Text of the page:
A story of how Kathy enjoyed herself while I pretty much had a miserable time due to Jeep problems and not being able to enjoy myself (aka, be free of stress enough to chill a bit) when my vehicle was dead.
The Wallowa region of Oregon first appeared on my radar when Nina of Wheelingit fame did a four-part blog post series on it, which you can read here, here, here and here. Go ahead and check out those four posts because it will paint a much nicer picture of the region than I will be able to due to my clouded vision. Really, read them. I’ll wait. Patiently. For you to finish. Done? OK, onto my darker story of my experience there.
Since we were in McCall and headed north, popping over to the northeast corner of Oregon and visiting the Wallowas wasn’t that big of a stretch. Nina’s blog posts had me sold and Kathy was game for anything, so we pointed a bit west and ended up staying in Wallowa Lake State Park, just outside of Joseph, Oregon (named after Chief Joseph).
Wallowa Lake State Park
There is nothing spectacular about Wallowa Lake State Park other than its location. It is at the very south end of Wallowa Lake and nestled into the north end of the Wallowa Mountains. There are 121 full hookup sites and 89 tent sites (some of which could also accommodate smaller RVs such as mine).
We stayed a total of 6 nights (longer than originally planned due to Jeep issues). 5 nights in site C35 which is a full hookup (electric, water, sewer) site designed for RVs and one night in site E5 which is technically a tent site, but one that had a nice long paved driveway that can accommodate smaller RVs (sometimes smaller is better when it comes to houses).
The park is a very popular summer destination for families, which I can’t quite figure out as it is in the middle of nowhere. Apparently it is close enough to cities in southern Washington and western Idaho to attract quite the crowd. It certainly isn’t the eastern Oregon crowd filling the place up, as there is no crowd in eastern Oregon.
The campsites themselves offer little to no privacy as there is really nothing between you and your neighbor. Plenty of large trees can be found throughout the park, but these only offer shade, not privacy. Combine this with the large number of kids, and it can be quite the noisy place. Summer camping, how I love you so.
The geographical features of the park (surrounded by mountains on three sides) meant that smoke from campfires tended to pool in the park. There was a constant haze as the fires burned in the evening. This was before the entire Pacific Northwest was on fire (which happened later in the summer), so campfires were still allowed. I am taking a wild ass guess (OK, maybe not so wild) and thinking that fires are not allowed at the time I write this (extreme late summer), as the entire west seems to be on fire. Time to break out a portable propane fire pit if y’all have one!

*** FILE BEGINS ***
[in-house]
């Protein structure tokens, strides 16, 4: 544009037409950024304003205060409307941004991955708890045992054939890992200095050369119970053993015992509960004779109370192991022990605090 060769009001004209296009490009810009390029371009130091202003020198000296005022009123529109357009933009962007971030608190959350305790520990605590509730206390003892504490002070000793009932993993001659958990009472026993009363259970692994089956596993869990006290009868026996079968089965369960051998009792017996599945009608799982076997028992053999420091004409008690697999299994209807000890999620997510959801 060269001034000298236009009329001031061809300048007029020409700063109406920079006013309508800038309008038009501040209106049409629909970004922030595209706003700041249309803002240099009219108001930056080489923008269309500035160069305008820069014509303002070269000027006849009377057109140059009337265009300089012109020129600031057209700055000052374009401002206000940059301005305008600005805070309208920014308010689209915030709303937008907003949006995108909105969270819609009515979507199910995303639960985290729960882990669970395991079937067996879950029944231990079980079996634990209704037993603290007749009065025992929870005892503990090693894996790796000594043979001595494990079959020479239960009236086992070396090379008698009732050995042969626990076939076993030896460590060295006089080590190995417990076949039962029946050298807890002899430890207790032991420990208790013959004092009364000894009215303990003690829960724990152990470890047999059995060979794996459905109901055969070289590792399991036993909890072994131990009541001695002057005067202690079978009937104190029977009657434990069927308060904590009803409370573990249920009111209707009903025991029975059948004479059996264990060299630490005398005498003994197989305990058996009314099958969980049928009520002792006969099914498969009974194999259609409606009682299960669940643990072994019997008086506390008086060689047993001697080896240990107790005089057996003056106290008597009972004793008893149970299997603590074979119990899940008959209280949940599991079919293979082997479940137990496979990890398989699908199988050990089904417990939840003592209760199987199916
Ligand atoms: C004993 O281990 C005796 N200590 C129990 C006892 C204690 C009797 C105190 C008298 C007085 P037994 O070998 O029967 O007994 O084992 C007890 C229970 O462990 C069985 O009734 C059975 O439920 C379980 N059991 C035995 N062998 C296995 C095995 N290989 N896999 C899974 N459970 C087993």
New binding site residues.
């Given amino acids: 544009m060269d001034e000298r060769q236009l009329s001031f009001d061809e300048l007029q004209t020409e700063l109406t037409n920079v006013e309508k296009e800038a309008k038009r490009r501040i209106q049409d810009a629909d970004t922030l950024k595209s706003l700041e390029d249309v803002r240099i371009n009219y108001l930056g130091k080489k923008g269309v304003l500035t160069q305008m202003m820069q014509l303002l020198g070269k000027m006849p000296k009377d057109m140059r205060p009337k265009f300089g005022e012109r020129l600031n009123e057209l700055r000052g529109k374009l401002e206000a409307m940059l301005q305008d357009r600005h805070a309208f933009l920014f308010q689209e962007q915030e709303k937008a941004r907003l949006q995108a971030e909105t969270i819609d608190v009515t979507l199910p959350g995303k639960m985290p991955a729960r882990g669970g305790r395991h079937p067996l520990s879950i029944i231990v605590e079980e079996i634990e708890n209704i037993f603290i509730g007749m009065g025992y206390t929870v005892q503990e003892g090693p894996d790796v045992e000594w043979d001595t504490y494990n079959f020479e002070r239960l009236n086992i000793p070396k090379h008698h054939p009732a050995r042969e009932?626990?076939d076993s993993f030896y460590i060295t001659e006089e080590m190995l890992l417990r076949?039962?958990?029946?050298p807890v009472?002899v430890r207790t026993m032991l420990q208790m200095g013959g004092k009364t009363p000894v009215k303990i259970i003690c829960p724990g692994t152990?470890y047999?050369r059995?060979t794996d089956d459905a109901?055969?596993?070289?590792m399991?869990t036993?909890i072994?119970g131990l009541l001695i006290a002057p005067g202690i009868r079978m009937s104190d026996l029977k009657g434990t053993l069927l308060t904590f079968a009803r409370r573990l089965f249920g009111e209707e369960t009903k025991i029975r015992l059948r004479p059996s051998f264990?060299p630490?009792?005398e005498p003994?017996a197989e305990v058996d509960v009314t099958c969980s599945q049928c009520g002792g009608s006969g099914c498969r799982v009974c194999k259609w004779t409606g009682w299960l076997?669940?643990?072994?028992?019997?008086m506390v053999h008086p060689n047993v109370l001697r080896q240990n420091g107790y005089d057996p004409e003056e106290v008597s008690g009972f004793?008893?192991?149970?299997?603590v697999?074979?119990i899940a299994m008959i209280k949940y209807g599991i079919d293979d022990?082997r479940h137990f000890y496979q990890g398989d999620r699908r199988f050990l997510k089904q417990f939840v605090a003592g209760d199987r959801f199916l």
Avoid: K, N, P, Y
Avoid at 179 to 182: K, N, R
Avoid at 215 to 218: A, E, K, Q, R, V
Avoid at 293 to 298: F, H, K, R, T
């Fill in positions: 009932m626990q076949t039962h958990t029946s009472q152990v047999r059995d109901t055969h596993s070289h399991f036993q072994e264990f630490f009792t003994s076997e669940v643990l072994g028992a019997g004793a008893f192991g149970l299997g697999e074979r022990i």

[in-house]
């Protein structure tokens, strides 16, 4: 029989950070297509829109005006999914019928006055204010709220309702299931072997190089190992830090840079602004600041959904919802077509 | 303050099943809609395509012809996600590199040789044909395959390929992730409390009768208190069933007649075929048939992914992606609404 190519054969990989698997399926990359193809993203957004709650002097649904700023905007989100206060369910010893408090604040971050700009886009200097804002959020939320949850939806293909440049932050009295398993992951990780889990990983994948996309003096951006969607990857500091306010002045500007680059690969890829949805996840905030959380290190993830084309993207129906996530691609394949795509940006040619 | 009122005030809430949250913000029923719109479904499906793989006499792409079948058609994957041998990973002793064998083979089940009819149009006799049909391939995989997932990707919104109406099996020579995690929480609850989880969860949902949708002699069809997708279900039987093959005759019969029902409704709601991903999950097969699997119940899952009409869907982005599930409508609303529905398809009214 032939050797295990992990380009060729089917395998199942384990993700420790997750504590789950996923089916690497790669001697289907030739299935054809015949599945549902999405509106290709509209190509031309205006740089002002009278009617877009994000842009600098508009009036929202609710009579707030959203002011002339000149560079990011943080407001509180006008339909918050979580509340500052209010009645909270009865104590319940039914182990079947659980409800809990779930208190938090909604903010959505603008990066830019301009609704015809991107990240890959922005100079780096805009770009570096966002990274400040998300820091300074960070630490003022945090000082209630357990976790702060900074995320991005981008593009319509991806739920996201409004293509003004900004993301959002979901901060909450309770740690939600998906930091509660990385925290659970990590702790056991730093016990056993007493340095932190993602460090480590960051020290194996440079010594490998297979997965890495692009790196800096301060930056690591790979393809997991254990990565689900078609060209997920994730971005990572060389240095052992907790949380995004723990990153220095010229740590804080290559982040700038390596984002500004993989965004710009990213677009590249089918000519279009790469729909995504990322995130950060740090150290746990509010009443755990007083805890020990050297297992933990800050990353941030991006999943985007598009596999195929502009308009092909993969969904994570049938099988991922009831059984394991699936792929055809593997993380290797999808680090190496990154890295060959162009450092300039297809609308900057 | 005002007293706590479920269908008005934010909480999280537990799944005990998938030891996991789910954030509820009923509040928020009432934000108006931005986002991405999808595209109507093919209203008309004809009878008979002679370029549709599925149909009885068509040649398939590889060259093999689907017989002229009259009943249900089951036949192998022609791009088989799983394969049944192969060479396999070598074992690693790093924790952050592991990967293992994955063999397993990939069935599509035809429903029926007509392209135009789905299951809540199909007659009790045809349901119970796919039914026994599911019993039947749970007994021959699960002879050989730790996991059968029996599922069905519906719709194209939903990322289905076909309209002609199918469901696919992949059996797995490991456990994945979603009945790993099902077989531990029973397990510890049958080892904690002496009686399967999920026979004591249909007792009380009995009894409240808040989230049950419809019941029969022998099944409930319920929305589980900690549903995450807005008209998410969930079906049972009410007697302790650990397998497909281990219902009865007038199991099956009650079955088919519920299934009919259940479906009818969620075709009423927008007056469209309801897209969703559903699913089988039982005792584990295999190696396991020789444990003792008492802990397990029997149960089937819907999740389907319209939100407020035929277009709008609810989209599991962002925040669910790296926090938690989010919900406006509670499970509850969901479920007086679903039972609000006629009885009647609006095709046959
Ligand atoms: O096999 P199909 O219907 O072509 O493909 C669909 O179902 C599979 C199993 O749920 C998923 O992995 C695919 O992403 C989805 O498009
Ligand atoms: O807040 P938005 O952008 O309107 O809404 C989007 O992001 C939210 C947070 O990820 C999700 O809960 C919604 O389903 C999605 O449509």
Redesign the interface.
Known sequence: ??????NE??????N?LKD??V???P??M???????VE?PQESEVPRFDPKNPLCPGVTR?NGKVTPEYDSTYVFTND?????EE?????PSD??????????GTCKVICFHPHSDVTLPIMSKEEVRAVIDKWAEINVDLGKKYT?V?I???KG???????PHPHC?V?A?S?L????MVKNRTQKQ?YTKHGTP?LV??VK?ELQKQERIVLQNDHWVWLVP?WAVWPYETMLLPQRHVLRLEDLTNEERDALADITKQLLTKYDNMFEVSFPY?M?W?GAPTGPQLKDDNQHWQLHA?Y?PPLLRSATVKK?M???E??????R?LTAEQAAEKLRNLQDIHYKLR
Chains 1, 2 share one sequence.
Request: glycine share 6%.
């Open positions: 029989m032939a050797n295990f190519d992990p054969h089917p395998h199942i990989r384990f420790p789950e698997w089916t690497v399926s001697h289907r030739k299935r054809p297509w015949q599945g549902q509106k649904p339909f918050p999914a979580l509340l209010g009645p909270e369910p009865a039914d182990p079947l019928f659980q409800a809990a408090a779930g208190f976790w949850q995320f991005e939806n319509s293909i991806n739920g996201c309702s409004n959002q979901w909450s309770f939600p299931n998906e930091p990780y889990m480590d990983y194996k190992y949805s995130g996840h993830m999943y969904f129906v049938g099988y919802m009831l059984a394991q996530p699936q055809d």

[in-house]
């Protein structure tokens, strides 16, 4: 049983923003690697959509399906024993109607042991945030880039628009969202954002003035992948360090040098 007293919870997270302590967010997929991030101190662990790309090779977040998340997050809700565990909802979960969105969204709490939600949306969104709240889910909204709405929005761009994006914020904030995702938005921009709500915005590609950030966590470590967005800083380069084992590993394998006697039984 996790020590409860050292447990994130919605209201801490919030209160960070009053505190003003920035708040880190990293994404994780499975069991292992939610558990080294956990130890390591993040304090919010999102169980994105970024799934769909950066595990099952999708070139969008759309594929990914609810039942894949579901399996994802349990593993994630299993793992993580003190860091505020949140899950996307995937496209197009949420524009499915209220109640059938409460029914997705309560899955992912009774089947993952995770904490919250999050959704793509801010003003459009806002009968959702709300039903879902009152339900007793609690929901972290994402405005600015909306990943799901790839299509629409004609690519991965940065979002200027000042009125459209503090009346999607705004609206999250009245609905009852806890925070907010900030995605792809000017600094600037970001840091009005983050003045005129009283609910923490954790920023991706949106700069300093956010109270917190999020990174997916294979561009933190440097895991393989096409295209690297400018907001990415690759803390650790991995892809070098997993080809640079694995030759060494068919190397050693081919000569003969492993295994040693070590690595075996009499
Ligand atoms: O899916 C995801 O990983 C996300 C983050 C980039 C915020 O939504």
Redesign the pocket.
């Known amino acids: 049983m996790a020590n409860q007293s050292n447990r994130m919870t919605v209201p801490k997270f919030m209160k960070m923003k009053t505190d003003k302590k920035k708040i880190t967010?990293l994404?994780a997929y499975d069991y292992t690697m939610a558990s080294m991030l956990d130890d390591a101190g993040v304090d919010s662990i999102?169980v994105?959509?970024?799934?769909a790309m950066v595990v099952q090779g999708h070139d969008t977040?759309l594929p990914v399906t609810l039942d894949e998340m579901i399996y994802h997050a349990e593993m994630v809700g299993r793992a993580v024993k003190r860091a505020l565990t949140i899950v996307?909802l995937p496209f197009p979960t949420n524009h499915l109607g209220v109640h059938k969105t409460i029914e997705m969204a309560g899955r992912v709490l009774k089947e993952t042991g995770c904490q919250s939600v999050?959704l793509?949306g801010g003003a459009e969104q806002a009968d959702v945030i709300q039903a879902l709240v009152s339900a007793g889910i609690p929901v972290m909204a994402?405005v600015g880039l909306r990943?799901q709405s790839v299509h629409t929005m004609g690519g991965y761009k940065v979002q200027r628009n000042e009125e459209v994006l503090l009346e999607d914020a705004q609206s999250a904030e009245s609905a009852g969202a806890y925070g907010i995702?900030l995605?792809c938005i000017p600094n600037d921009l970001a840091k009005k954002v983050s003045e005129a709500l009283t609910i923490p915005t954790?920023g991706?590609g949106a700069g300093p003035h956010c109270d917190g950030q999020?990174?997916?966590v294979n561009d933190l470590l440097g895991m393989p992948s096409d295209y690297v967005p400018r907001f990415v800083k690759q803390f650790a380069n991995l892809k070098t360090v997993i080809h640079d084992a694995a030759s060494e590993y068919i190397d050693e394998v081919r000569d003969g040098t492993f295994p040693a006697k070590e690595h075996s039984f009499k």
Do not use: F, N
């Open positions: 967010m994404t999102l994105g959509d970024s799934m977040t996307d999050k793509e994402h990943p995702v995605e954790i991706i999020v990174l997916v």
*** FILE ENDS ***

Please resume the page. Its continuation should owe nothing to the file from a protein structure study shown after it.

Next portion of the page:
Besides the kids and the smoke, there is also one other glaring downside to staying at Wallowa Lake State Park – no Internet. OK, maybe this lands in the pro column for most people who are looking to get away from it all and enjoy nature, but it certainly fell squarely in the con column for a guy like me that is still a working stiff. Zero cell service (even with the signal booster) meant that I had to get creative on work days. I knew this coming in, so I just sucked it up and dealt with it. This would have totally been easy to deal with if it weren’t for the stress of having a broken vehicle. Not having the ability to make or receive phone calls from your house isn’t the greatest thing when you are trying to coordinate getting a vehicle fixed. Just saying.
Wallowa Lake is a ribbon lake that was formed by a series of glaciers pushing north out of the Wallowa Mountains. The glaciers not only dug deep into the earth, but they also took the river sediment and pushed all this debris to either side of it, forming very tall moraines that currently tower up to 900 feet above the water (itself 300 feet deep in places) and form the walls of the lake.
Apparently Wallowa Lake has been used in geological textbooks as an example of a lake formed by moraines. It is quite clear to see why as the moraines are very obvious, especially when you stand at the state park on the south end of the lake and gaze north.
The lake is open to powered boats, so it was fairly busy on some days. There is a marina at the state park as well a boat launch ramp. We rented kayaks from the park one evening and had a great time. So much so that Kathy ended up renting one again while I was off doing something. Either working or stressing about the dead Jeep (story coming up).
The Wallowa Lake Marina offered an excellent place to view the lake and watch the comings and goings of boaters. It also happened to be the only place in the park that one could get Internet service via the marina’s Wi-Fi, so I spent a lot of time working here.
Wallowa Lake Tramway
Very near Wallowa Lake State Park is the Wallowa Lake Tramway. This privately held tramway is the steepest four-person gondola in North America (why do they all seem to have one claim to fame???) and takes you up 3,700 vertical feet to a final elevation of 8,150 feet. The 15 minute ride (each way) offers some pretty impressive views of Wallowa Lake, the Wallowa Mountains, and the surrounding areas.